Centre of Gravity (COG)
|Centre of Gravity heights, photo by @kirkoguri on Twitter|
Centre of Gravity (CG) is a point in the head that represents all the mass of head. The above photo shows the position of the centre of gravity in 4 different heads by height. Only minimal differences but enough to make the heads perform quite differently.
The CG is sometimes referred to as the sweet spot of the club. The sweet spot is the projected position of the CG from inside the club on to the club face. It is quite a small spot and is not bigger in some clubs then other.
When the ball is hit on the 'sweet spot' the club face doesn't twist or rotate and the maximum amount of energy is transferred to the ball.
The CG can be moved around the club head by shifting weight, move weight towards the toe the CG goes towards the toe (a small bit, not a huge amount). Moving the weight around influences the flight of a ball by utilising gear effect to help the golfer. More weight in the heel will promote a draw from centred strikes and straighter shots from heel strikes. The spin rate can also be influenced by moving the CG higher or lower.
Moment of Inertia (MOI)
Moment of inertia (MOI) is the measure of an object's resistance to twisting. The higher the MOI the more the object will resist twisting. For a golf club this means for shots that are mishit a head with higher MOI will twist less offline then a club with lower MOI.
In golf heads weight is moved to the perimeter to increase MOI and make them more forgiving. So a cavity back will be more forgiving then a blade. This is also the process that makes a 'sweet spot' bigger, it's not making the 'sweet spot' bigger but the club head twists less giving more forgiveness and the illusion of a bigger sweet spot.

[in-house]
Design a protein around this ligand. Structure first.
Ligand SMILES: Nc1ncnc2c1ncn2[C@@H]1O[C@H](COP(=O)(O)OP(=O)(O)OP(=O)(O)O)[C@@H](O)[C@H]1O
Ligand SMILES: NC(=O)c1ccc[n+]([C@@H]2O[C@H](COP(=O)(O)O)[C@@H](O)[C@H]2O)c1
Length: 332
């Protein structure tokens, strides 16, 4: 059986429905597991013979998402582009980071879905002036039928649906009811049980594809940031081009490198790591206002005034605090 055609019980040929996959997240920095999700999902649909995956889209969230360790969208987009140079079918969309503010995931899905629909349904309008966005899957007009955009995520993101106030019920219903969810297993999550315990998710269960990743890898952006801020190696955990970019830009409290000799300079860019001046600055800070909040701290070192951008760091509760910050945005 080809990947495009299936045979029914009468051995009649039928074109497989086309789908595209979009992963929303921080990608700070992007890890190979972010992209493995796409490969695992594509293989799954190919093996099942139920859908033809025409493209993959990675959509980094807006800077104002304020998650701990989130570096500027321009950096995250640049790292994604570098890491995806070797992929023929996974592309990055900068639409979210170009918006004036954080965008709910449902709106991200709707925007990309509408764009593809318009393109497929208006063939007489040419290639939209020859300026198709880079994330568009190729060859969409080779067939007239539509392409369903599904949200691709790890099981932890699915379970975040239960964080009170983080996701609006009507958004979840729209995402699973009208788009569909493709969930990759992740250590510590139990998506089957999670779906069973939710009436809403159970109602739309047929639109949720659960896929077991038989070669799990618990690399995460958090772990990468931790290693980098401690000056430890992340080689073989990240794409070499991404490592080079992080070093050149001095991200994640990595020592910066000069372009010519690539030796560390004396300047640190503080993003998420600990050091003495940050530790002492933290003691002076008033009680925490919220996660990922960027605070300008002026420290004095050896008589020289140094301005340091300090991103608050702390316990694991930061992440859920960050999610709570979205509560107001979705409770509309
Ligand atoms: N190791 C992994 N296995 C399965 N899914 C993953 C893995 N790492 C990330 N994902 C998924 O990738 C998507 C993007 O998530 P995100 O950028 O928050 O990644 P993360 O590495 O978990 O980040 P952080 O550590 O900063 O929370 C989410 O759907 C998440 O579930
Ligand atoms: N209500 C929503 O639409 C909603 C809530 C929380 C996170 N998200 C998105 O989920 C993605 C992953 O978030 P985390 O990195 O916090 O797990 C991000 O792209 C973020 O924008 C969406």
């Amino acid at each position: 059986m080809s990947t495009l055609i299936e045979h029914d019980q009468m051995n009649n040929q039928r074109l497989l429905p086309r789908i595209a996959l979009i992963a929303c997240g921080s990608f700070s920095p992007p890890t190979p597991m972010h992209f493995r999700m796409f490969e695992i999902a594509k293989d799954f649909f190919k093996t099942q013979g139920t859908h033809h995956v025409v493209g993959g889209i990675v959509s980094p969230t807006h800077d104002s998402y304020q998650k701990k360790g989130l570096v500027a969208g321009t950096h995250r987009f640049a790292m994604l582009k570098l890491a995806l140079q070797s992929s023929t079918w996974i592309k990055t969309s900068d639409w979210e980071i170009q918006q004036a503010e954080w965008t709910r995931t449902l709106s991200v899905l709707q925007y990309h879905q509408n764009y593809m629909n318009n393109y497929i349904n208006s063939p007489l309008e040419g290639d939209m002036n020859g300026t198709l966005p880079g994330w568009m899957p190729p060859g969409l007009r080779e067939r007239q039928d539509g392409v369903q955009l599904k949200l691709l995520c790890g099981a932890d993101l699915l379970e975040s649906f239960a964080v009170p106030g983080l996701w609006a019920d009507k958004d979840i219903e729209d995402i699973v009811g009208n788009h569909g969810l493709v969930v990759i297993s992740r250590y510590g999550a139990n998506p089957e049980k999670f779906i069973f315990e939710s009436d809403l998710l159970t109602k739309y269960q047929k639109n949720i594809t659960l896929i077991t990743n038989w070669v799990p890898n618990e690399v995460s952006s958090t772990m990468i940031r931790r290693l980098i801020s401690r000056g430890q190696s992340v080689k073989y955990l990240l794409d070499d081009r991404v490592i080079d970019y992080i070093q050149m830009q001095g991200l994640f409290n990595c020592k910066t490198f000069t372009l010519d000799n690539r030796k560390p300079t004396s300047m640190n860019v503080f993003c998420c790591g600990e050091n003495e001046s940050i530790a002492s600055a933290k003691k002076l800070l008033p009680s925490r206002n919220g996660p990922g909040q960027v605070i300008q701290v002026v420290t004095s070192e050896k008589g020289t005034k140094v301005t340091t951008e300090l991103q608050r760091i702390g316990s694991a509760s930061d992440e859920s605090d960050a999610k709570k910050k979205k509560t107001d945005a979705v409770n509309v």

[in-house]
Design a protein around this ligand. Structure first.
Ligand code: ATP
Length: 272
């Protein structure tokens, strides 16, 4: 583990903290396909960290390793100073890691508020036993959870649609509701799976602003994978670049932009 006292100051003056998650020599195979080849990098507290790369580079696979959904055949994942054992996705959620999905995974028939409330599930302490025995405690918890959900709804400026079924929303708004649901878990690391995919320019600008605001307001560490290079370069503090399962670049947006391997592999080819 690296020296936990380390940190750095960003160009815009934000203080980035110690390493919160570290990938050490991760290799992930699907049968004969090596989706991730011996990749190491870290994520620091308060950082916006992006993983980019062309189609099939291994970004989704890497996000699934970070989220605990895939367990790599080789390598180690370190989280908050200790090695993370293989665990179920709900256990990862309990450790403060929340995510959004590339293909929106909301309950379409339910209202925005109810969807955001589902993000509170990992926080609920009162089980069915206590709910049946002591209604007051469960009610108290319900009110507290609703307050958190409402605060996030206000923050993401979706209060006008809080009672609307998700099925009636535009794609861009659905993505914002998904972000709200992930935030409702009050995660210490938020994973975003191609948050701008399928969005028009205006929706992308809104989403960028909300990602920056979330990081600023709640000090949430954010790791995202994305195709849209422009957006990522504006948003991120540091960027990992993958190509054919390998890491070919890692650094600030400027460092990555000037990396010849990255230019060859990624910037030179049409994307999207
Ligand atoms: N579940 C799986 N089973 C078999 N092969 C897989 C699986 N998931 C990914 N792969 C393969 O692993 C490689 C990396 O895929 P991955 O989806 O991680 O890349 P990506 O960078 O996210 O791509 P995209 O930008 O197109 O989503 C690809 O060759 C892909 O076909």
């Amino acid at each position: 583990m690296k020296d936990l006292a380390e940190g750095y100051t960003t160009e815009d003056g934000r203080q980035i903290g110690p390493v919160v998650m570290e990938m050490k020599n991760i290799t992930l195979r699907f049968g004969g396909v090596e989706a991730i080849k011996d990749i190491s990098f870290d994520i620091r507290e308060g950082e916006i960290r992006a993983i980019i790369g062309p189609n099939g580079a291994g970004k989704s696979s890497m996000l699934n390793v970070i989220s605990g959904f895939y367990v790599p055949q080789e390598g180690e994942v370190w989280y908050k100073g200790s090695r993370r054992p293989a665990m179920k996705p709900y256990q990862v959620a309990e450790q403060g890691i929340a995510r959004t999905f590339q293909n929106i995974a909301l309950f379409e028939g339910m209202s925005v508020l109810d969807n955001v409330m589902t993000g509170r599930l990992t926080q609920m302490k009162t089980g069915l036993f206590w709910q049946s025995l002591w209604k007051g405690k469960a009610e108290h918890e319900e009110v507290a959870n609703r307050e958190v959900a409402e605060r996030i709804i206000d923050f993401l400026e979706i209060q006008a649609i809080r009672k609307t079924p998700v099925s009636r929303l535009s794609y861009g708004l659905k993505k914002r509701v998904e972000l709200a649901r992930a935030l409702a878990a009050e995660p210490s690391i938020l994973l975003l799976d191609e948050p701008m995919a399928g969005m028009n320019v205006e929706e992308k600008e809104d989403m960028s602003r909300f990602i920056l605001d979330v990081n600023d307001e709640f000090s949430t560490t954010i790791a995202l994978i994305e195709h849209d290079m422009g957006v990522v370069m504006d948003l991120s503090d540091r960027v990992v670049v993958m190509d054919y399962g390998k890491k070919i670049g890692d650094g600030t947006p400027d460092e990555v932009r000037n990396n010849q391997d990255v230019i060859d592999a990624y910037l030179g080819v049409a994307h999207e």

It also helps with putters a big mallet style putter with weight moved to the extremes will not twist as much as a blade style putter meaning the ball will start more online with mishits.
Roll & Bulge
Roll is the curvature on the face of a wood from crown to sole.
Bulge is the curvature on the face of a wood from heel to toe
Bulge and roll are there to counteract what is known as gear effect. When a driver is struck off-centre, the head wants to twist, roughly about it's centre of gravity. In the period of time between impact and separation, the friction between the club face and ball adds spin to the ball in the opposite direction to the rotation of the club head. this is much the same way that in a 2 gear system, if one gear is rotated, the other rotates in the opposite direction (thus the name gear effect.)
The purpose of bulge is to modify the initial launch direction to compensate for the shape in ball flight caused by an off centre hit. For example on a heel strike the ball will move more left to right and as a result we would like the ball to start further left to compensate for this.
Roll directly effects loft in the vertical plane on the face. A ball hit higher on the face will spin less due to gear effect but will launch higher due to the roll, a ball hit lower on the face will spin more due to gear effect but will launch lower due to roll. These compensations lead to better results from mishits.
Any questions or comments are appreciated.